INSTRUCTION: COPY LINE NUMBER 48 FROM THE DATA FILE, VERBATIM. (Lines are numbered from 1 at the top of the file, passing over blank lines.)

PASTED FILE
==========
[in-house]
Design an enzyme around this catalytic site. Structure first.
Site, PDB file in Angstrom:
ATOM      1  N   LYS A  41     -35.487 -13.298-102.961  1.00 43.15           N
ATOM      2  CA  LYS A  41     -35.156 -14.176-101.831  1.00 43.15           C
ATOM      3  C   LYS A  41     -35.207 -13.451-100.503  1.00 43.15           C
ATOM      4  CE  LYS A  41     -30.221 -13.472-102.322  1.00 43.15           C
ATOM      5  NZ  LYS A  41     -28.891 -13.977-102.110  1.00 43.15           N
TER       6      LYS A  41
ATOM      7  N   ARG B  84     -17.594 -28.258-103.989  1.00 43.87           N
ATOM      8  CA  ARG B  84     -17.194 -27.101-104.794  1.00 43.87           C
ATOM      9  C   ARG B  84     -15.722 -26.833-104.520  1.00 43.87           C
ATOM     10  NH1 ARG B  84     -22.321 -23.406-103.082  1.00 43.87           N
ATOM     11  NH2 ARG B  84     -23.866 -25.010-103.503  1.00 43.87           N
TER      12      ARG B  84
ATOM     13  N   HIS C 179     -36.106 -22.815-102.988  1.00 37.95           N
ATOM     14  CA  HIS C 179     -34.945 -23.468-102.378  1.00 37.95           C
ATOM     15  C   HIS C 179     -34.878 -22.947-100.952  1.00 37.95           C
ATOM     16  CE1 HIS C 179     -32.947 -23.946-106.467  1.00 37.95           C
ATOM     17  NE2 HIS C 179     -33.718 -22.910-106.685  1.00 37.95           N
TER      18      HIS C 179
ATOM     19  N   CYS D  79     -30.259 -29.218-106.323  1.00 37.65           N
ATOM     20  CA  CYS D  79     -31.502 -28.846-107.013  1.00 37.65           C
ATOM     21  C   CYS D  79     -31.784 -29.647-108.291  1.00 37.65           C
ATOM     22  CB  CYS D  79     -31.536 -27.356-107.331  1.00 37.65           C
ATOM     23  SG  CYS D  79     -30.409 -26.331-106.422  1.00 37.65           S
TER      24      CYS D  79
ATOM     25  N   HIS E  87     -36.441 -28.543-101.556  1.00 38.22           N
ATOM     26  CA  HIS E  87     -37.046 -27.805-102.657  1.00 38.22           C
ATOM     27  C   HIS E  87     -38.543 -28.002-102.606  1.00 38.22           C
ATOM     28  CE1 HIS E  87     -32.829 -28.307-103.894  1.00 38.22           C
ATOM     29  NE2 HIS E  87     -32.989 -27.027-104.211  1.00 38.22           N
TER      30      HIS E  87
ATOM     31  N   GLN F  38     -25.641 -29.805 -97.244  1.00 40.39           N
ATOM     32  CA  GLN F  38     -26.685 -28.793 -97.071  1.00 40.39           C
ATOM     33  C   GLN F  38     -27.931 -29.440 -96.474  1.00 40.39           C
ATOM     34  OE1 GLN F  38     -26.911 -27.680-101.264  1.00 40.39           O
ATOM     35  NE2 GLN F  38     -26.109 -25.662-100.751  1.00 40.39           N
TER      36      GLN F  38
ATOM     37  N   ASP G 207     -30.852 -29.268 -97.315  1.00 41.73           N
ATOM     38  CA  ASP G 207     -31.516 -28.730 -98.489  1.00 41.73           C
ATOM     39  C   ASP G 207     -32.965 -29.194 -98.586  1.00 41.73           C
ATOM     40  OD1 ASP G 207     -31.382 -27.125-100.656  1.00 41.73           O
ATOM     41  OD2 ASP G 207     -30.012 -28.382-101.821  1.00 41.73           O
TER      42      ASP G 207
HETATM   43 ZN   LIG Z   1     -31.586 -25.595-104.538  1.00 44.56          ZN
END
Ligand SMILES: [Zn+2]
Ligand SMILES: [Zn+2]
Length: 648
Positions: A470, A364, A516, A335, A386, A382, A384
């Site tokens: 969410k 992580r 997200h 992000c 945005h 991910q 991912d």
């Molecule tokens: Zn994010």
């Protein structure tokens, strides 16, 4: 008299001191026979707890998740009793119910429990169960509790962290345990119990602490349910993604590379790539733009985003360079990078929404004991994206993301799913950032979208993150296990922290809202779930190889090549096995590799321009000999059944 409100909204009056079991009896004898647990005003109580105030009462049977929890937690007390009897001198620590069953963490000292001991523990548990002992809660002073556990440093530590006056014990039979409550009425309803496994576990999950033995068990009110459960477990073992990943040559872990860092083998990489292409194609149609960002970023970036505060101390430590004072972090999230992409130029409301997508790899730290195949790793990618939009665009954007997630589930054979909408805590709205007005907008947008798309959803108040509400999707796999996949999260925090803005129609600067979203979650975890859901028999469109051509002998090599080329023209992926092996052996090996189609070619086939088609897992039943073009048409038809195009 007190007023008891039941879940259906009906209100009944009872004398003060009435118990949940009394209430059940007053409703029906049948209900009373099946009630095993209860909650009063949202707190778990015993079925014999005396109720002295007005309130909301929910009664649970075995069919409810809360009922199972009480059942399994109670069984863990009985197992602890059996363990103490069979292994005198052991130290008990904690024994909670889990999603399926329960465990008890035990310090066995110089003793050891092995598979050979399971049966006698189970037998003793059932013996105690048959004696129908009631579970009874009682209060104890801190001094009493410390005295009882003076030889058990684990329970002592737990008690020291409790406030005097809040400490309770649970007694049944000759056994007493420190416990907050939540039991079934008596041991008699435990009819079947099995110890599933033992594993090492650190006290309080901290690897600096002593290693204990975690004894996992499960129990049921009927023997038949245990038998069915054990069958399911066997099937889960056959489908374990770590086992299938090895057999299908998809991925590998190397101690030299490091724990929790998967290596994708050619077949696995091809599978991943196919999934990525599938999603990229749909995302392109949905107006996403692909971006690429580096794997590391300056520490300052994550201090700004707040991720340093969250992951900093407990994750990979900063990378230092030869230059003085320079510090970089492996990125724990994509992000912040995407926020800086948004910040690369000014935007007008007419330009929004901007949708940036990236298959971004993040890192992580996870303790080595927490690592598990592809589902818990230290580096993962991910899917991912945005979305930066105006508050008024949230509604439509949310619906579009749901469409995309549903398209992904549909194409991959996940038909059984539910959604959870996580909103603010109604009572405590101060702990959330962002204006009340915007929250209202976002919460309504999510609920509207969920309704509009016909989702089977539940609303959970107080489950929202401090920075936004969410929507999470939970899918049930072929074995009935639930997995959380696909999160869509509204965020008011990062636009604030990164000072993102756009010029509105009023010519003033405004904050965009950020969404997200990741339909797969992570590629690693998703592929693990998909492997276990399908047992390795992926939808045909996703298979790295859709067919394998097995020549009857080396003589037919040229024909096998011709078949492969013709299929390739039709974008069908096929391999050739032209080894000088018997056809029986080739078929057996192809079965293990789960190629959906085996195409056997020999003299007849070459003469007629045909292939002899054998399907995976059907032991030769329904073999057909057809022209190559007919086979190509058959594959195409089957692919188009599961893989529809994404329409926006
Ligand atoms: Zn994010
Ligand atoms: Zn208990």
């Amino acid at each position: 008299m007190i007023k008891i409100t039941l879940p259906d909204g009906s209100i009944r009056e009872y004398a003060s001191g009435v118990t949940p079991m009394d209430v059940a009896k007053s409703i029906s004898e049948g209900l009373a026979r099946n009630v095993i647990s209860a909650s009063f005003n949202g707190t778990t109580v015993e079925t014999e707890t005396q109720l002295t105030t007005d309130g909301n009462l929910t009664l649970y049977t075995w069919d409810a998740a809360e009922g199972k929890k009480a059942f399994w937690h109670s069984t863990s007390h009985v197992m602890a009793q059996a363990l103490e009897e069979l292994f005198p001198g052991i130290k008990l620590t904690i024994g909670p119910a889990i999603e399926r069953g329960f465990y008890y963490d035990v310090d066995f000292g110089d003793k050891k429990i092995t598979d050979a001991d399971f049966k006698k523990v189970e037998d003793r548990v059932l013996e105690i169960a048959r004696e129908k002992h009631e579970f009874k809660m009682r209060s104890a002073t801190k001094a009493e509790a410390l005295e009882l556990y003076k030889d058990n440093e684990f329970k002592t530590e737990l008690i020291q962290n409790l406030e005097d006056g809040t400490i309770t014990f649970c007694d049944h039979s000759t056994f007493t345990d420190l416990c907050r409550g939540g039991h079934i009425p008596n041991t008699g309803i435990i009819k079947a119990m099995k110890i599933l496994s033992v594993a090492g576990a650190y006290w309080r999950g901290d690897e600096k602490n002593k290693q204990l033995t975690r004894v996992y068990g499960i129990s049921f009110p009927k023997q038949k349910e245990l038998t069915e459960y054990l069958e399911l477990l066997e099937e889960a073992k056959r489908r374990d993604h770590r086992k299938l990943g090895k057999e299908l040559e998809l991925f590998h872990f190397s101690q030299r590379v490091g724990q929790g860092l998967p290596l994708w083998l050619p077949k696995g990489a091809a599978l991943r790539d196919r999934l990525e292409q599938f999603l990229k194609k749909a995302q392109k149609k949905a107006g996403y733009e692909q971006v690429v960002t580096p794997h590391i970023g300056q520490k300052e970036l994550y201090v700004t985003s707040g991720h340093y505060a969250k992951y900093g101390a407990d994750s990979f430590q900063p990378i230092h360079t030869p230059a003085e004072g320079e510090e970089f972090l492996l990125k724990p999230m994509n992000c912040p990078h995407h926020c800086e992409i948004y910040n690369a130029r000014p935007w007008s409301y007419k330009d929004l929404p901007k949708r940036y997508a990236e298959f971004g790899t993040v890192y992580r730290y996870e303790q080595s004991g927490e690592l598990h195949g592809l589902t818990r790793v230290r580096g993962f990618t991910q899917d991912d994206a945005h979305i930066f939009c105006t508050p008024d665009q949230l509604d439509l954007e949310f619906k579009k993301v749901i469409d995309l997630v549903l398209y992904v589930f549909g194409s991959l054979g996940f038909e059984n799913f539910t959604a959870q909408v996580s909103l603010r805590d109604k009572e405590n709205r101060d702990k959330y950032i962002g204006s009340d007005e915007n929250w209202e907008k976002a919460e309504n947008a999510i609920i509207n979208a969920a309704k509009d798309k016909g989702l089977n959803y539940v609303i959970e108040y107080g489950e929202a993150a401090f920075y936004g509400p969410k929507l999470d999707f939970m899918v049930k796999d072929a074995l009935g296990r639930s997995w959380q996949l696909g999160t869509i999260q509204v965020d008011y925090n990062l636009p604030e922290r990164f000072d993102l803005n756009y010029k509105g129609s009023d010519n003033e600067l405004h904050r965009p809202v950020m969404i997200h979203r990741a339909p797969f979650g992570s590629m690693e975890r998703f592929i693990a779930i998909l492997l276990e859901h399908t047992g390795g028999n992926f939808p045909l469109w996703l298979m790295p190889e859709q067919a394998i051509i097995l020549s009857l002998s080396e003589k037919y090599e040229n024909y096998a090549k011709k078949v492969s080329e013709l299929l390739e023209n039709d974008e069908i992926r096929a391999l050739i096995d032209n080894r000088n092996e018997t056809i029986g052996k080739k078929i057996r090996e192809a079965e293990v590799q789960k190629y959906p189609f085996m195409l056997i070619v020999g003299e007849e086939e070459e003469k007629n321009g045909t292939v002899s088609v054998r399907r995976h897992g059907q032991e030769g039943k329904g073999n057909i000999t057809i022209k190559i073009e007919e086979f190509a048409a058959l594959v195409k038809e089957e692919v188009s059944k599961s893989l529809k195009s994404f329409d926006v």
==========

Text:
Ligand SMILES: [Zn+2]